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3. Communityto table of contents

A community is comprised of all the various populations interacting in a area. An example of a community is a coral reef where numerous populations of fishes, crustacea and corals exist and interact. Ecologists try to know at this level how different relationships like predation and competition are influencing the organization and evolution of a community.

3.1. Composition and Diversityto table of contents

Communities distinguish from each other by two characteristics: composition and diversity. The composition of a community is simply a listing of the various species in the community. The diversity digs deeper than mere composition in that it involves both species richness(the number of species) as well as evenness (the relative abundance of different species).

Community Diversity over Decreasing Latitude
Community Diversity over Decreasing Latitude

This graph makes it easy for us to see that  the number of species, that is, the composition, in a community increases as we travel through from the northern latitudes to the equator.

One of the straightforward model regarding community composition and diversity, is the individualistic model. According to the individualistic hypothesis, each species is distributed along environmental gradients(the gradients of various abiotic factors, e.g. moisture, temperature and inorganic nutrients available) as long as they are within its tolerance. And a community is thus formed as an assemblage of species that happen to occupy the same area because of similar tolerances. Refer to the graphs below.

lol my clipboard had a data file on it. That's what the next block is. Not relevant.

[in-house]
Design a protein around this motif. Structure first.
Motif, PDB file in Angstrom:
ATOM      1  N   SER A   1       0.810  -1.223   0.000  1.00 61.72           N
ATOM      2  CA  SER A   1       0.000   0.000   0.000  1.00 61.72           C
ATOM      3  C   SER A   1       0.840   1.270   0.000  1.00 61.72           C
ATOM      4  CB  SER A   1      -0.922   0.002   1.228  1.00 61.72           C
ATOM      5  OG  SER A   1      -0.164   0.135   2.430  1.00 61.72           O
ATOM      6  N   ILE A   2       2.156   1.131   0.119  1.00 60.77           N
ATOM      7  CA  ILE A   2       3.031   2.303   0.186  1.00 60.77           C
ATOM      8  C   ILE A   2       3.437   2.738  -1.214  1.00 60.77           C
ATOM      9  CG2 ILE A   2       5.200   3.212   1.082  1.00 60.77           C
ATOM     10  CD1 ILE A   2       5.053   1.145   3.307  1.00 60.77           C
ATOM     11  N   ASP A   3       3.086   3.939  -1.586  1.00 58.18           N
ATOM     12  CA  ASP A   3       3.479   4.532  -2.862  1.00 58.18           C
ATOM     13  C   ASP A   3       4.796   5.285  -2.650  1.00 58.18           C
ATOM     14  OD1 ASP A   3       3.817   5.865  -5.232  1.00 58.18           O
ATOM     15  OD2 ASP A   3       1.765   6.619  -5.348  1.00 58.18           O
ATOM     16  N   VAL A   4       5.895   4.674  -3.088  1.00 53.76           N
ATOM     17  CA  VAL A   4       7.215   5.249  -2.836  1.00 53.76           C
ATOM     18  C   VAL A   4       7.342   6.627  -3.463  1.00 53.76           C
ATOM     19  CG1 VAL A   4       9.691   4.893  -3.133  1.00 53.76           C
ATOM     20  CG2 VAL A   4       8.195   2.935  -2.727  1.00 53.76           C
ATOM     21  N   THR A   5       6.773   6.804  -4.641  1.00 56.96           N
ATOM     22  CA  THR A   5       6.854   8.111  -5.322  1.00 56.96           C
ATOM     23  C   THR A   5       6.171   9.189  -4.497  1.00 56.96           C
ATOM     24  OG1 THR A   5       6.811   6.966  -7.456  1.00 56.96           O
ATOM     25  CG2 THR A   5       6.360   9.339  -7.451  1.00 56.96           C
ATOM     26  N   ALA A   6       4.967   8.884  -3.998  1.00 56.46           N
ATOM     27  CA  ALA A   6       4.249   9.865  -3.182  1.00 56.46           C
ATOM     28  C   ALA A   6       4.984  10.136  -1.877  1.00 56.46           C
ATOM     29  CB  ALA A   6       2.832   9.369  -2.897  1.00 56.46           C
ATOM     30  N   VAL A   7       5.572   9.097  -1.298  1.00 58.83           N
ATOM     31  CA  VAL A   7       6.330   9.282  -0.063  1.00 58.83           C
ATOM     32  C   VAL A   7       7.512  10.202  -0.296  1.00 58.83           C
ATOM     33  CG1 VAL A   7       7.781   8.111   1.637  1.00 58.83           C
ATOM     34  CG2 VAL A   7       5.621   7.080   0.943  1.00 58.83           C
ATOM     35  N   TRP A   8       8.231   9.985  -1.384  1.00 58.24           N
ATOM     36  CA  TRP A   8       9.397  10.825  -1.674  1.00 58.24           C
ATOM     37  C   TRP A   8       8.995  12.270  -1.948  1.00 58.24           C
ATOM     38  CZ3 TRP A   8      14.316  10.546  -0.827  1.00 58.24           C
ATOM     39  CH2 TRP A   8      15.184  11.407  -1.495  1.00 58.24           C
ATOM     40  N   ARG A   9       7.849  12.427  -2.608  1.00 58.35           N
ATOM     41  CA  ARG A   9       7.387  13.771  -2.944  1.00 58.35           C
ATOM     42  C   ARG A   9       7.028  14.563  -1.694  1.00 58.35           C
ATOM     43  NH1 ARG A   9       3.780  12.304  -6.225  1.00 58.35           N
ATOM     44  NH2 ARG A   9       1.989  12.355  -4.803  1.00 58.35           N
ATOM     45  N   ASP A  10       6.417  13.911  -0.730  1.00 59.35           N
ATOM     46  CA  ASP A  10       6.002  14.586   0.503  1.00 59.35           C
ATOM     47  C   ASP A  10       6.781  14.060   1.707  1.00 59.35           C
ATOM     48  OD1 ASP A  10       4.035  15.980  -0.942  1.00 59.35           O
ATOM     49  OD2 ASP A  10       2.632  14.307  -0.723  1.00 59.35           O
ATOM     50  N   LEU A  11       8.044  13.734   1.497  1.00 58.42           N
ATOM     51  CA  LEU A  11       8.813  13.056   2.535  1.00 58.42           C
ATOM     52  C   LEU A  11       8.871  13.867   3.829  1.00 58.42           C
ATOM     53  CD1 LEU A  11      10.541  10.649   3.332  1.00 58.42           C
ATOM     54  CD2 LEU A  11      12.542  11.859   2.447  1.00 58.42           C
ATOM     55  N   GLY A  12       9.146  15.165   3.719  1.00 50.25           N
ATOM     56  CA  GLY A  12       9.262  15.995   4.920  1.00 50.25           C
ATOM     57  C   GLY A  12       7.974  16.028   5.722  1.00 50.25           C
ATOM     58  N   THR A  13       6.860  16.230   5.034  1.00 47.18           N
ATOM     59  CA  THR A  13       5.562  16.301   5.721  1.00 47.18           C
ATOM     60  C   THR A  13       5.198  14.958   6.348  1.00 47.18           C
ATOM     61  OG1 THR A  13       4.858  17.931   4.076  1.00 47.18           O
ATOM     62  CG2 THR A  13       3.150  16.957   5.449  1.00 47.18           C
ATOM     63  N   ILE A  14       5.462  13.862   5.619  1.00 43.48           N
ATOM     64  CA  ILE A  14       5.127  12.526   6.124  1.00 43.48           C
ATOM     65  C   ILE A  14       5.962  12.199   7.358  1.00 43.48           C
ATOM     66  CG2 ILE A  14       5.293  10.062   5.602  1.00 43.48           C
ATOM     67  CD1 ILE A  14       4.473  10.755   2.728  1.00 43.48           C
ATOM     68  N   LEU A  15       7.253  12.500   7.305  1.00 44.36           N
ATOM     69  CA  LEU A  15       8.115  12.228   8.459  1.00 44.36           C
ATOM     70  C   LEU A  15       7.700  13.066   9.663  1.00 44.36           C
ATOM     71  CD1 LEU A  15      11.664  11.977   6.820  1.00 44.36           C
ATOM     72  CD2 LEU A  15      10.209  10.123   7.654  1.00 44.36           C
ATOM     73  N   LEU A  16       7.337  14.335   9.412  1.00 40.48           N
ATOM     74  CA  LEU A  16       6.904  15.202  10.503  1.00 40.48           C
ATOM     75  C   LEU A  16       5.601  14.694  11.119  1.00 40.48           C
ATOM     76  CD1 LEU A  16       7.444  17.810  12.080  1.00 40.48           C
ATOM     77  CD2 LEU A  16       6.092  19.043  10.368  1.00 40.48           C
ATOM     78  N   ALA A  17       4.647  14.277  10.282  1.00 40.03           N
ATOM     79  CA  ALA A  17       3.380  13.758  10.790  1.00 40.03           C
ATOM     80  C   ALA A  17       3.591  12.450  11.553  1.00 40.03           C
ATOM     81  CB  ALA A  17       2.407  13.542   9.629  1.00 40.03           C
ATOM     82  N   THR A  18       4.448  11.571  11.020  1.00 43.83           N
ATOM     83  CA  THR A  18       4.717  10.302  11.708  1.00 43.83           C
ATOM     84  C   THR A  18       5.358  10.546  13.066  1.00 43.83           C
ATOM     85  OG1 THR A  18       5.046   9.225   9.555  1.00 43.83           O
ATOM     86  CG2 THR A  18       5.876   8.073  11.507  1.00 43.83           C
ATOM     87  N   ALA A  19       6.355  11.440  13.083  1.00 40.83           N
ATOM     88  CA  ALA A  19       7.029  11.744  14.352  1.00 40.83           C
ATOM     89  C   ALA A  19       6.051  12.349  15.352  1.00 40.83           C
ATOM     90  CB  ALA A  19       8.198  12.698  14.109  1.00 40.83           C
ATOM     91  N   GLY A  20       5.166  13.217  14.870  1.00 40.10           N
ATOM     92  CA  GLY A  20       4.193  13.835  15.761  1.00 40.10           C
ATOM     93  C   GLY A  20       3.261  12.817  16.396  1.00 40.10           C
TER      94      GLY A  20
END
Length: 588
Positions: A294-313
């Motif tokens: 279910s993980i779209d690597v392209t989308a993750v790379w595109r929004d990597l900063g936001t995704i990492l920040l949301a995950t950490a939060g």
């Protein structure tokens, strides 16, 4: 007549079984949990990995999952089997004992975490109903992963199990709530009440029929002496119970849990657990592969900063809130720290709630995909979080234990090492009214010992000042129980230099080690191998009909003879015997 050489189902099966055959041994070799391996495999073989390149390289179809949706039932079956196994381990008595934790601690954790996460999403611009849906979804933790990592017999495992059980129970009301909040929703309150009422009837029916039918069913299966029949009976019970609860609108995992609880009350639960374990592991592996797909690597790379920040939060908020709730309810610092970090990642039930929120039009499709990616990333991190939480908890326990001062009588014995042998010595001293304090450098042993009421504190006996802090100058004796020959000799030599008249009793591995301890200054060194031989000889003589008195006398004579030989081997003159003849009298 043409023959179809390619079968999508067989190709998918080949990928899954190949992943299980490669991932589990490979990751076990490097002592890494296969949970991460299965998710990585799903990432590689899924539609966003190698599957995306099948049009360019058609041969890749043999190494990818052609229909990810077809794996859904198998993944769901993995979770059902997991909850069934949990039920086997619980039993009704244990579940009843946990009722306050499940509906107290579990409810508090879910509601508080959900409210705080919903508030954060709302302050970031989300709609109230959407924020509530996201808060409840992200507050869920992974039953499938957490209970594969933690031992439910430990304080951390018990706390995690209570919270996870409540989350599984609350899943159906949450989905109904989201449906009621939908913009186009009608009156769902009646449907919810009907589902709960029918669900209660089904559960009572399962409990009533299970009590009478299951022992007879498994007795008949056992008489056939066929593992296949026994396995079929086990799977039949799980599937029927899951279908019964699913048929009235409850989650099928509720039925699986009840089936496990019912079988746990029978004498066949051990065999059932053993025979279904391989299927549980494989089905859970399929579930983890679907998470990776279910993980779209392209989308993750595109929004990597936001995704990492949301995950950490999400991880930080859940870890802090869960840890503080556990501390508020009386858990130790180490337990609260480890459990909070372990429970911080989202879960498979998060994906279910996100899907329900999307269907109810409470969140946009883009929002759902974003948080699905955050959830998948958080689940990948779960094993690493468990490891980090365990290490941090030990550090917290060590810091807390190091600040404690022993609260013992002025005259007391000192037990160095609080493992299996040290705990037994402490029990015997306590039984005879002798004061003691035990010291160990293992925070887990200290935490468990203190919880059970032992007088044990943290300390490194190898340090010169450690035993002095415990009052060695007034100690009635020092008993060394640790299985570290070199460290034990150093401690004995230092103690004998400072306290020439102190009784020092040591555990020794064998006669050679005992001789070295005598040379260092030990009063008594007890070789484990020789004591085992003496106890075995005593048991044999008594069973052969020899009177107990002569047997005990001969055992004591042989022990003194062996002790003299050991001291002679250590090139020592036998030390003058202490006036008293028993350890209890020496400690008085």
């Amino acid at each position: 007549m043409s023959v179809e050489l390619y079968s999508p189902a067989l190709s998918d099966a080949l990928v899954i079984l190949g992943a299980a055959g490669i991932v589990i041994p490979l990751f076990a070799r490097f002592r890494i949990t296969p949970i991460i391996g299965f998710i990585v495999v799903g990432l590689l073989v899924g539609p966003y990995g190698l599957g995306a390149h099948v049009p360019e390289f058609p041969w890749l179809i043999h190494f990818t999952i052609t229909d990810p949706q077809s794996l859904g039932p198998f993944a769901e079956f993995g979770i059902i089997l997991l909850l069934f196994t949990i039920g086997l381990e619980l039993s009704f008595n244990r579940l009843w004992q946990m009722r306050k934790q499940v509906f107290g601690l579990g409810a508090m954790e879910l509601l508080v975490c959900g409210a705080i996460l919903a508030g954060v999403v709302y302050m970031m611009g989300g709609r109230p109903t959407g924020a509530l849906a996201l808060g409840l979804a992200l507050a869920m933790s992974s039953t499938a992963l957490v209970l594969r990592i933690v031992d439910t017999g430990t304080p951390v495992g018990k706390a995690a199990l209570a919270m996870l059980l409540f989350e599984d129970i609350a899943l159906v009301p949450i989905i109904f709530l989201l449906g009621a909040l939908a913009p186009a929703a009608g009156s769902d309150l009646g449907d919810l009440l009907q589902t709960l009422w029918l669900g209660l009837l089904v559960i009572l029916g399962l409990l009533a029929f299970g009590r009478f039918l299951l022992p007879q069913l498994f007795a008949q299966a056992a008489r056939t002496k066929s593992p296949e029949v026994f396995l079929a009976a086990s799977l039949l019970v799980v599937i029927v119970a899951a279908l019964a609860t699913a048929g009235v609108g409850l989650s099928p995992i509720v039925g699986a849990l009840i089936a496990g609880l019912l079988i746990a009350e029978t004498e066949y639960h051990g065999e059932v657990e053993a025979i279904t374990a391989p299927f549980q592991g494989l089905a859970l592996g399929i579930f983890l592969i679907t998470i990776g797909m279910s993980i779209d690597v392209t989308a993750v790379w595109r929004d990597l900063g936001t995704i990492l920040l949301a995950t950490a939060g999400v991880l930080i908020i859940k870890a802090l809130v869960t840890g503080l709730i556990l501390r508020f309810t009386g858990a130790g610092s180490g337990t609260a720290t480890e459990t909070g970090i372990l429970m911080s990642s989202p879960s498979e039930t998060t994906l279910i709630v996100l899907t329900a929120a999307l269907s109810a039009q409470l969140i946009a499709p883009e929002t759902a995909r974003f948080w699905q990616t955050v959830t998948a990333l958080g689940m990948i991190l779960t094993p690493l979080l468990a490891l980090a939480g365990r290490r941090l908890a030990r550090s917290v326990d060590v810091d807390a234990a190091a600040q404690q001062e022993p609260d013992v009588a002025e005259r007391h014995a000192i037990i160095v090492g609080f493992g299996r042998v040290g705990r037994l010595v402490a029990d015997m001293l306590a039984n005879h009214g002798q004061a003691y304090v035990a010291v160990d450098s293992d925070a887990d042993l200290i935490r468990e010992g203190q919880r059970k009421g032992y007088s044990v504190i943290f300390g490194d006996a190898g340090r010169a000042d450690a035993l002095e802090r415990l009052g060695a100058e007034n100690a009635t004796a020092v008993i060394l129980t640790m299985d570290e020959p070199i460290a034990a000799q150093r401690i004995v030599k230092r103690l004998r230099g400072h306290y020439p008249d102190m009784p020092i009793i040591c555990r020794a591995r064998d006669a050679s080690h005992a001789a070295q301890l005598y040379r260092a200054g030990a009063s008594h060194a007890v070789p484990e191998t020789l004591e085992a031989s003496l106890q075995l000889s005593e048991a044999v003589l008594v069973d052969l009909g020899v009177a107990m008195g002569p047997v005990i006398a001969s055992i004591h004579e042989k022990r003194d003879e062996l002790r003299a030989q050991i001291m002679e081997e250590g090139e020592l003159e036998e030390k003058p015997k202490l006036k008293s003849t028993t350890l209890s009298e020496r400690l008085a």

Community Individualistic Model
Community Individualistic Model

A species' spreading range is based on its tolerance for such abiotic factors in the environment as temperature, light, water availability, salinity, and so forth. To determine a species' tolerance range, we plot the species' ability to survive and reproduce under a particular gradient of environmental conditions, resulting a bell-shaped curve. If we put together several species' range in one graph, a community is formed because their tolerance ranges simply overlap.

However, other models exist such as interactive model to explain community and most ecologists supported it for many years, because it bases its hypothesis not only on species' responses to abiotic factors but also biotic factors. Search the web if you want to learn more about it.

3.2. Habitat and Ecological Nicheto table of contents